Tuesday, November 19, 2019
Varda by Agnes (2019) opens Friday
According to Rosalie Varda, Anges’s daughter and collaborator the project was started in 2015 as a way to record the “masterclasses” that Agnes was holding around the world. Agnes hated the term masterclass, preferring the term conversation. She also didn’t like the way the straight recording of the conversations went and the project stalled as they pair tried to sort out a way to make the film work. Eventually bringing in collaborators the problem was solved and what we are left with is one part lecture, and several trips into the mind of Agnes’s mind.
Beginning as a lecture Varda by Agnes starts somewhere in the middle of Varda’s film work and then jumps around all over the place, not randomly but in what is a wonderful stream of consciousness that is exactly like what happens when you talk to a prolific filmmaker and artist and have the discussion of one thing lead into another. The discussion just seems to happen right before our eyes (despite Varda sometimes reading from notes) as if we are curled up in a beach chair next to her shooting the breeze.
Watching the film I was struck by how much I really need to go back and revisit her work. Partly because what Ms Varda says about the films, but mostly because seeing the clips I realized I have been neglecting some old friends. That’s what I love about the film, it not only reminds us of the wonders she produced but also gave us a key to discover new things I never saw in them before. It is, as Hubert Vigilla said to me when the film ended, a reminder of how many of her films I haven’t seen.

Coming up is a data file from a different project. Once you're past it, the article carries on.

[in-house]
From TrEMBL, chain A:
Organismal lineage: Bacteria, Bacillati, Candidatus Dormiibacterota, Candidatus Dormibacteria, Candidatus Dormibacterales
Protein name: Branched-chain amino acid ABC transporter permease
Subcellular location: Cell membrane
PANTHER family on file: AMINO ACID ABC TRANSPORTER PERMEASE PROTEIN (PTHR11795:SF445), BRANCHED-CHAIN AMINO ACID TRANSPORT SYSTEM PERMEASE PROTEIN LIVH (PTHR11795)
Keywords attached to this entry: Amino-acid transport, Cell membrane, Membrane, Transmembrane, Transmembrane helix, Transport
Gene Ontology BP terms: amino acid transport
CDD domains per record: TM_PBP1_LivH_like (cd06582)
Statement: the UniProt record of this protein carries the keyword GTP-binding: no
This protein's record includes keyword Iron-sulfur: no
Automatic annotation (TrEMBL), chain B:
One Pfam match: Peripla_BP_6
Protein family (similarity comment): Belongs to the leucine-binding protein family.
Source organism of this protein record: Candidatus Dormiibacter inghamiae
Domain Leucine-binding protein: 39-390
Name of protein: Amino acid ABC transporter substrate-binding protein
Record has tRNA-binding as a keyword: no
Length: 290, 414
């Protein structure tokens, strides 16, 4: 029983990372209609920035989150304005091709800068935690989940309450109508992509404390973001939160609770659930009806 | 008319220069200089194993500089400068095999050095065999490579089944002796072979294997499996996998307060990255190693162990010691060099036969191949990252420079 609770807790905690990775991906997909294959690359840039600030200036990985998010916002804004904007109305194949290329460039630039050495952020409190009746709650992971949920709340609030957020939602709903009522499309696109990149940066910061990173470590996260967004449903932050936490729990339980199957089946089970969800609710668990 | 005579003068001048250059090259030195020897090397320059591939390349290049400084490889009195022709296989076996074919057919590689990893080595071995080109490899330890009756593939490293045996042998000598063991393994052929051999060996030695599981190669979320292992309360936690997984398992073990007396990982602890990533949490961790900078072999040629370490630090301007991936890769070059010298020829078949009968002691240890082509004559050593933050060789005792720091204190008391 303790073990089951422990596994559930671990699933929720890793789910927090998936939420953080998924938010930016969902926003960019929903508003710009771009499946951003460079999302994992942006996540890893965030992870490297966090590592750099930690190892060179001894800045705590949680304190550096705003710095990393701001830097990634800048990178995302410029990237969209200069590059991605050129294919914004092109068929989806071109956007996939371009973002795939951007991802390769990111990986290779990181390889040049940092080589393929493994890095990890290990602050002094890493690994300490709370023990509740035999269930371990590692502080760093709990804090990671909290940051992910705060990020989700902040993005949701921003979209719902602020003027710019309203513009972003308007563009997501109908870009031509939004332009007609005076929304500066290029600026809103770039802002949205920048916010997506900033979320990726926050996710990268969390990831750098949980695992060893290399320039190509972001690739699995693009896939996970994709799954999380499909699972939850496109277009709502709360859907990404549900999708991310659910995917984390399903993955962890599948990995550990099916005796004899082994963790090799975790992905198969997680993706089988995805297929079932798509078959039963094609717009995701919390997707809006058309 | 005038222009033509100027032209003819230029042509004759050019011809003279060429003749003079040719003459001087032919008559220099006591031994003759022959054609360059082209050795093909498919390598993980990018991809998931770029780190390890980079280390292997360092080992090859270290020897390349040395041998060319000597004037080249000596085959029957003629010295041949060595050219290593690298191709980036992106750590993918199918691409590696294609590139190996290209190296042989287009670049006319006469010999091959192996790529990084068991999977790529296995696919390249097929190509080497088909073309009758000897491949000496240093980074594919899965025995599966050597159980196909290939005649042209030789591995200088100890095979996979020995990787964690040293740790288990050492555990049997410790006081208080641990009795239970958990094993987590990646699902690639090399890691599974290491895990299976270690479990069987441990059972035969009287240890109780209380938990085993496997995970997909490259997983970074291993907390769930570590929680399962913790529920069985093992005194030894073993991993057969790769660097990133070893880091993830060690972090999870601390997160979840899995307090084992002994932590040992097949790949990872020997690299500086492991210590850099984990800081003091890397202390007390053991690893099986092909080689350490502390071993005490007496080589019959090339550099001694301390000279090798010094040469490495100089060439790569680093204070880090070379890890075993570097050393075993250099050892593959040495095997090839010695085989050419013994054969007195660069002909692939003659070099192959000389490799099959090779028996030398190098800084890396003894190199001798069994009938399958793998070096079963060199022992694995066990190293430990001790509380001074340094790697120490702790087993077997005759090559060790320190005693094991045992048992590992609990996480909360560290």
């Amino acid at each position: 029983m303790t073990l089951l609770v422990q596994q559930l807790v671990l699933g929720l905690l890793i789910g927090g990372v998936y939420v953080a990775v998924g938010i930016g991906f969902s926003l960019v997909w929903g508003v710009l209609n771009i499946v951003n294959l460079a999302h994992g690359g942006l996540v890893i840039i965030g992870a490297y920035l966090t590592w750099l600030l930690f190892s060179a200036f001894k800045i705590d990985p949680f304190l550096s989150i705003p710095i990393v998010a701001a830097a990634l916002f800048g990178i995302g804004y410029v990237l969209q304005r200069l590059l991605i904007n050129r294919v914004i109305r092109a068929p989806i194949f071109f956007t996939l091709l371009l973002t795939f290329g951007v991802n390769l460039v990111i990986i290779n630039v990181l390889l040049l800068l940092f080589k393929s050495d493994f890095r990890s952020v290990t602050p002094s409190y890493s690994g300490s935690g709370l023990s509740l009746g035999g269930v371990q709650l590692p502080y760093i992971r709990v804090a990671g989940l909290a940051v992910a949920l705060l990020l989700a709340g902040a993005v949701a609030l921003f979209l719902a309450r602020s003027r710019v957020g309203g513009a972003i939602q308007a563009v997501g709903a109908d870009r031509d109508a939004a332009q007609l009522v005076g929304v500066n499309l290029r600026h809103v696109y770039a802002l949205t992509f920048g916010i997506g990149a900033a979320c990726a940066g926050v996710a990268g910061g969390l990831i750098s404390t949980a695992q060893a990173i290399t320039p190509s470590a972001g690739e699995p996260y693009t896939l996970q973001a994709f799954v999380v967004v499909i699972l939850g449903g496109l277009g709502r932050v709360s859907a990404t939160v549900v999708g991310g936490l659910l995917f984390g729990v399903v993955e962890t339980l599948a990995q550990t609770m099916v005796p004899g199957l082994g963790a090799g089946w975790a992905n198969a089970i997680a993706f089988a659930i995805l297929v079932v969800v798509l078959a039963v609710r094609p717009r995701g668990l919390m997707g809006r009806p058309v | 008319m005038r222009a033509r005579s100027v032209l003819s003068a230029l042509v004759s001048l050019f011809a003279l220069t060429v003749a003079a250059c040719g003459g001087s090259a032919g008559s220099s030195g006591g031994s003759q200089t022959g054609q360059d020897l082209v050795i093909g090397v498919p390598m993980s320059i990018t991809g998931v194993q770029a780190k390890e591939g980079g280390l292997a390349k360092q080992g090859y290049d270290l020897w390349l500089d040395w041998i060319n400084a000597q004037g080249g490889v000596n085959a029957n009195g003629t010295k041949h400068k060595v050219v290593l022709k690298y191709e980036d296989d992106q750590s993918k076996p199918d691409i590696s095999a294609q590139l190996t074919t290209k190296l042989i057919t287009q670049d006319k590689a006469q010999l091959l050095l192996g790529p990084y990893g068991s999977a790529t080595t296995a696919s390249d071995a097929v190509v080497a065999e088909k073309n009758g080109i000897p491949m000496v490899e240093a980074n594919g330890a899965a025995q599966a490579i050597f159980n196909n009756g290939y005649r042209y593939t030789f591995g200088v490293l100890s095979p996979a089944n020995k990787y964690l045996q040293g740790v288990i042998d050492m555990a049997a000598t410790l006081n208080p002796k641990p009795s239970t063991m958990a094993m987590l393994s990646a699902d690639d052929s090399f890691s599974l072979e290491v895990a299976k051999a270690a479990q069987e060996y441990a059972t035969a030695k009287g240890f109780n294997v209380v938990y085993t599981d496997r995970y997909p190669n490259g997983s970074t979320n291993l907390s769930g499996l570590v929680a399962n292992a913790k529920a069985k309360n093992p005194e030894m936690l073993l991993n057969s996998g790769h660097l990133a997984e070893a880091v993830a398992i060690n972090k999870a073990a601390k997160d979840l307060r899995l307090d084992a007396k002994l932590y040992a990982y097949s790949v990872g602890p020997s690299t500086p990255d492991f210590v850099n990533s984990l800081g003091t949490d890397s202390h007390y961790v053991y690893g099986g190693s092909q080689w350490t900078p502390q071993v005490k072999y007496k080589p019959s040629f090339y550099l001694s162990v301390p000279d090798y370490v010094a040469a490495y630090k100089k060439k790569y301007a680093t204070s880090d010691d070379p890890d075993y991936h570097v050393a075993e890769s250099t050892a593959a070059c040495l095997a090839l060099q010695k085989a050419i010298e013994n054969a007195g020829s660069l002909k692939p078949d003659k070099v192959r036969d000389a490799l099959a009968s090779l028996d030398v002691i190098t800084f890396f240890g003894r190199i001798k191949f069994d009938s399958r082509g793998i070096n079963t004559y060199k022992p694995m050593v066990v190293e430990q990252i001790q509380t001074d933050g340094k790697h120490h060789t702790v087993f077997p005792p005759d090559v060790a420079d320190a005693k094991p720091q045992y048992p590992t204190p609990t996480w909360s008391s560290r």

Odds are when the film ends you are going to be left feeling a bit strange. As good as this film is there is an odd feeling one gets when it fades to black (there are no end credits, its all at the start) in that it doesn’t feel like a bold final statement. This is a coda to a great life. The film feels a last coffee with a friend before they go off, it is not a final blow out (that would be FACES PLACES). As the film ended and I knew there was nothing new coming I felt totally content that Varda got to sum up. At the same time I wish that she had left with a flourish instead of a (literal) slow fade.
On the other hand when the project was started no one knew that this would be her last film. Additionally whatever she had to say she left in an almost seventy year long body of work, she owes nothing to anyone. In a weird way the film is like an old school Peter Gabriel concert when he would end with Biko and then walk off leaving the audience to pick up where he left off and carry on the fight.
My feelings at the end discounted, Varda By Agnes is a great film. It is the sort of film every artist would want as a final one- a taking stock of everything they had done which results in the realization that it is still vibrant and alive and informing art and culture even after their passing. (Perhaps this being the final work adds to its greatness)
Highly recommended, this film is a must for fans of Agnes Varda and film in general